Teaching English As A Foreign Language: A test to boost your confidence

Now in its second year, the Teaching Knowledge Test is a nifty passport to working abroad.
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The Independent Online

Teaching English as a foreign language, or Tefl (get ready for an orgy of acronyms) has always appealed to idealistic students tempted by the opportunity to work, travel and have a buffer against the "real world".

And doing so may have just got a lot easier, thanks to the Cambridge University English for Speakers of Other Languages (ESOL) examinations. Their Teaching Knowledge Test (TKT), now in its second year, aims to give would-be teachers a swift, inexpensive and flexible qualification that will develop classroom basics and allow them to reach a certain standard without the need for formal teaching practice.

The award was developed to meet a rise in global demand for Tefl-qualified teachers after numerous countries began pushing English on to the primary curriculum. This is reflected in the international make-up of the TKT network: 201 testing centres in 52 countries, from Bahrain to Brazil, all linked to the Cambridge Optical Mark Reader.

"The initial idea," says Juliet Wilson, Cambridge ESOL subject manager for teaching awards, "was to help teachers who are in need of a piece of paper to prove their qualifications but who aren't able to make the investment in Celta [Certificate in English Language Teaching to Adults] or Icelt [In Service Certificate in English Language Teaching]."

But the test is increasingly being seen as a good opportunity for UK graduates who are keen to experience life in another culture. One such graduate, Cara Richardson, 23, from Wolverhampton, took the TKT this January and is soon to take up a teaching position in Hungary. She hopes to use the placement to test-run a possible career.

"I have wanted to be a teacher for a while, and to experience life in a different country," she says. "I'm going to see how I get on in Hungary."

The test itself is broken down into three 80-minute modules, which can be taken individually or in one sitting. The first looks at grammar and the background to language teaching; the second at planning lessons and appropriating resources; and the third tests how candidates can manage the process of teaching and learning.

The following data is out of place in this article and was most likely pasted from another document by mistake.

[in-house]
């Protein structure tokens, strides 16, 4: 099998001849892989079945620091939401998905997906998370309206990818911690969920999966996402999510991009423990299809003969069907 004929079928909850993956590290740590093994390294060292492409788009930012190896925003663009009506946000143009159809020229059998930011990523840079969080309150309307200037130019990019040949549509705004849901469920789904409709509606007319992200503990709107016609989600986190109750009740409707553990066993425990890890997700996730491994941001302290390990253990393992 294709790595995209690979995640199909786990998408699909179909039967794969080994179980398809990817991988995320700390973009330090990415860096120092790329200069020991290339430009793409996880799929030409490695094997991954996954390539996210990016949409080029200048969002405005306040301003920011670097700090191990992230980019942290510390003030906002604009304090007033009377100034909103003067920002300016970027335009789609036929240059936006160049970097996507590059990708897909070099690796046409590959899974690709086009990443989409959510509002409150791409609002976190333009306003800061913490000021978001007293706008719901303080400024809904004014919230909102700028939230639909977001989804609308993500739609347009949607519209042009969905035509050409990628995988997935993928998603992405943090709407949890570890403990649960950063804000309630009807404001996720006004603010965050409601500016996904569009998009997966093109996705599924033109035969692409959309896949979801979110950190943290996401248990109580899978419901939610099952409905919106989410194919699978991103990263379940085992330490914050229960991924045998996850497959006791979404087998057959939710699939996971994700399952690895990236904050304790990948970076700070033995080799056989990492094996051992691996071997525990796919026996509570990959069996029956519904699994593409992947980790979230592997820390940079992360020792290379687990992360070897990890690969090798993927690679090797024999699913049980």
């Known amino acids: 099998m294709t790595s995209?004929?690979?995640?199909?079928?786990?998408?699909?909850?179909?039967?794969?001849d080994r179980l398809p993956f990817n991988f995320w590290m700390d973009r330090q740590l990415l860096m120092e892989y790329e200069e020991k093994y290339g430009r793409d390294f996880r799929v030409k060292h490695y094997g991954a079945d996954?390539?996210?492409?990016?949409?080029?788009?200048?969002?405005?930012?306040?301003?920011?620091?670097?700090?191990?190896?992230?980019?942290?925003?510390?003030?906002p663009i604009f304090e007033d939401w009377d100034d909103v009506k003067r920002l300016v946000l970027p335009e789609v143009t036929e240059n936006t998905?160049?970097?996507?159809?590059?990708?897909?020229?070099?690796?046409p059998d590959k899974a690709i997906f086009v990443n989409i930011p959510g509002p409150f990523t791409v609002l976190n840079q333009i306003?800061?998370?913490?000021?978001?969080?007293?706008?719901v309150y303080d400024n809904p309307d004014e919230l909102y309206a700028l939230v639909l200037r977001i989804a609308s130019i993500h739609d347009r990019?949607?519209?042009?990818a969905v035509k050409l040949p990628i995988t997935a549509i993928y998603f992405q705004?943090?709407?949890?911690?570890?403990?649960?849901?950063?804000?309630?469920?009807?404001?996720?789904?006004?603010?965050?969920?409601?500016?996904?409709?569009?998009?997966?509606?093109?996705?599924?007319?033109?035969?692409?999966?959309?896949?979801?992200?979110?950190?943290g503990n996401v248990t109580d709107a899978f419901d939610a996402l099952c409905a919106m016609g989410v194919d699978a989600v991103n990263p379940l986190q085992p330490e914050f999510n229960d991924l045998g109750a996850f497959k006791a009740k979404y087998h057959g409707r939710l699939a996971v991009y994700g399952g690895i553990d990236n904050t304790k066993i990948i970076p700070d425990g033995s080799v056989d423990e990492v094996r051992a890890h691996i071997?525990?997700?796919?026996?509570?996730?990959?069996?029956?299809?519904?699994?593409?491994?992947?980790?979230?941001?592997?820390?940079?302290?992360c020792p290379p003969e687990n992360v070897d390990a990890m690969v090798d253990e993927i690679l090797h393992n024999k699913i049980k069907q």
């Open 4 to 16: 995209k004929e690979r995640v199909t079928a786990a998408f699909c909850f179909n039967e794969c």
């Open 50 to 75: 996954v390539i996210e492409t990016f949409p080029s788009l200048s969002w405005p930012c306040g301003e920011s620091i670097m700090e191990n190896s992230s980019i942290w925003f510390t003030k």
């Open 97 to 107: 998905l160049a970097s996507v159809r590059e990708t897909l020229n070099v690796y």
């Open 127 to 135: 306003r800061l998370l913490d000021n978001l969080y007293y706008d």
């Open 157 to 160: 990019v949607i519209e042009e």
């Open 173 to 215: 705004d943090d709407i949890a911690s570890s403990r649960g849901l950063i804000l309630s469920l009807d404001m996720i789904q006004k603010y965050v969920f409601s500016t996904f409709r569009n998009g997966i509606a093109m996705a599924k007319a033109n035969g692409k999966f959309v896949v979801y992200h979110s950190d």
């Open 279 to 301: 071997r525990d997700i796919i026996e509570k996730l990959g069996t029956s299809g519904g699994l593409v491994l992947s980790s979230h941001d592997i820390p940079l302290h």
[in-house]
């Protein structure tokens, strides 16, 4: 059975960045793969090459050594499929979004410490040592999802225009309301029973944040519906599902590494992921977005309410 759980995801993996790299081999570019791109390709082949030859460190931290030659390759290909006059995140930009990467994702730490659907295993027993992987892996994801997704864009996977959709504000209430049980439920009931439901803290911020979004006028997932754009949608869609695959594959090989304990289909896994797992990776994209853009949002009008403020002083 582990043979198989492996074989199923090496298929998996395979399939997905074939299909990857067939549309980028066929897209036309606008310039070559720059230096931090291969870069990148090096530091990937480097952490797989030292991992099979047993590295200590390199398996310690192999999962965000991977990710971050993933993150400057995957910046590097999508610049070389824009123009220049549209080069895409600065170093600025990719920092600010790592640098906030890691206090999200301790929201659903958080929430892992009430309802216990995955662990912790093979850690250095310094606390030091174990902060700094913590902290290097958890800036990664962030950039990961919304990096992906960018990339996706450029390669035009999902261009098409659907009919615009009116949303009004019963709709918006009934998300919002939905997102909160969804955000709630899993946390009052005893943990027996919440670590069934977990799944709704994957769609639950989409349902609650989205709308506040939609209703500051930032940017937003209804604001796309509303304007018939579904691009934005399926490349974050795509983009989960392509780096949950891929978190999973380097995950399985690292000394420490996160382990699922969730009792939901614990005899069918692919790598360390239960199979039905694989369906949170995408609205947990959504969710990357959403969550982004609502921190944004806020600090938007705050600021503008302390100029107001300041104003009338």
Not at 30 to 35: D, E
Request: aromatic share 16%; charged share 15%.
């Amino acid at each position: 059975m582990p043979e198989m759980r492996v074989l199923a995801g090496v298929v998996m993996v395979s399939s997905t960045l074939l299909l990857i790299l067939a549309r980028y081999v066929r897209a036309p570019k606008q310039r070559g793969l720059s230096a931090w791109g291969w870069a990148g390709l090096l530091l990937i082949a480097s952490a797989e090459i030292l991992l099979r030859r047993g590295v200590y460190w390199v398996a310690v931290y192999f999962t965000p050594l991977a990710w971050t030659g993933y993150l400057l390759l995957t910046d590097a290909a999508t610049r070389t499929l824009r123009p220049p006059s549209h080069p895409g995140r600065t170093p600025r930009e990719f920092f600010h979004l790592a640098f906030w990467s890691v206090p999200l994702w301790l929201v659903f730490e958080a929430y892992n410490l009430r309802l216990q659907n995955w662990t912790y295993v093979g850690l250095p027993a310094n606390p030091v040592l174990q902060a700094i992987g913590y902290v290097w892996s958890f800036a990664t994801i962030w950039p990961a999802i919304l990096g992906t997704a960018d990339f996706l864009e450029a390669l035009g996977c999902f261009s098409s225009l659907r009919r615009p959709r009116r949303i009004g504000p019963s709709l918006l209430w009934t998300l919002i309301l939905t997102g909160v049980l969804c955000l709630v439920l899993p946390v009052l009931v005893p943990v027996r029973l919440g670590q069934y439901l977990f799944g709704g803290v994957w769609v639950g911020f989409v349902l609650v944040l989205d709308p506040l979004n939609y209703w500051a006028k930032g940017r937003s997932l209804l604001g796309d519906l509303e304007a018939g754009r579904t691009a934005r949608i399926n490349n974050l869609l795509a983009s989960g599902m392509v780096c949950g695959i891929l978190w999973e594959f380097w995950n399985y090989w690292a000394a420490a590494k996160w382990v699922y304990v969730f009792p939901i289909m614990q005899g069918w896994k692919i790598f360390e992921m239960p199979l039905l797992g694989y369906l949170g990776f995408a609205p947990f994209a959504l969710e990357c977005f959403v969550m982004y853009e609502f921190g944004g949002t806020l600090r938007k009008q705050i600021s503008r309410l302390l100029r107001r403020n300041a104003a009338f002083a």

The TKT is clearly very much focused on the skill of teaching. But is it enough? "It's one thing knowing the theory," says Kate Barton, who did Celta after graduating from Southampton University, "but it's quite another putting it into practice with real students. It always depends on the individual class as to how you can implement your ideas."

Indeed, Celta, which gives candidates practical teaching experience, remains the entry-level standard, but the TKT is gaining credibility as a useful qualification for teachers of all levels, and Barton herself plans to take the test this October in Paraguay, where she is now based.

The TKT is being seen as a confidence-builder for teachers. But some question whether this multiple-choice written test, taken in isolation, and that can be prepared for via the internet or using Cambridge ESOL's own textbook, can truly prepare teachers for the challenge of facing a large group of pupils in the classroom. "I think it does give you confidence," Richardson says, "because it highlights what you know and what you can do. You are presented with a set of scenarios and you say what you would do in this or that situation. If you answer it correctly, you can be confident and say 'I would react like that'. It reinforces your teaching knowledge."

Clearly, the test should not be seen as a short cut, and most would stress the need to supplement the qualification. "It's just one in a suite of teaching awards that we offer," says Wilson, back at Cambridge ESOL. "If you were an employer, you would be impressed by the TKT qualification but you might also want to see how much previous training and teaching experience the person has."

Cara Richardson, who is really looking forward to living and working in Hungary, adds: "You are encouraged to do an ESOL or a TESOL [Tefl certificates] as well as the TKT, but I do think it's a good thing to do after doing a degree.

It doesn't require too much extra work, but it gives you an extra qualification and certainly helps you to get work."

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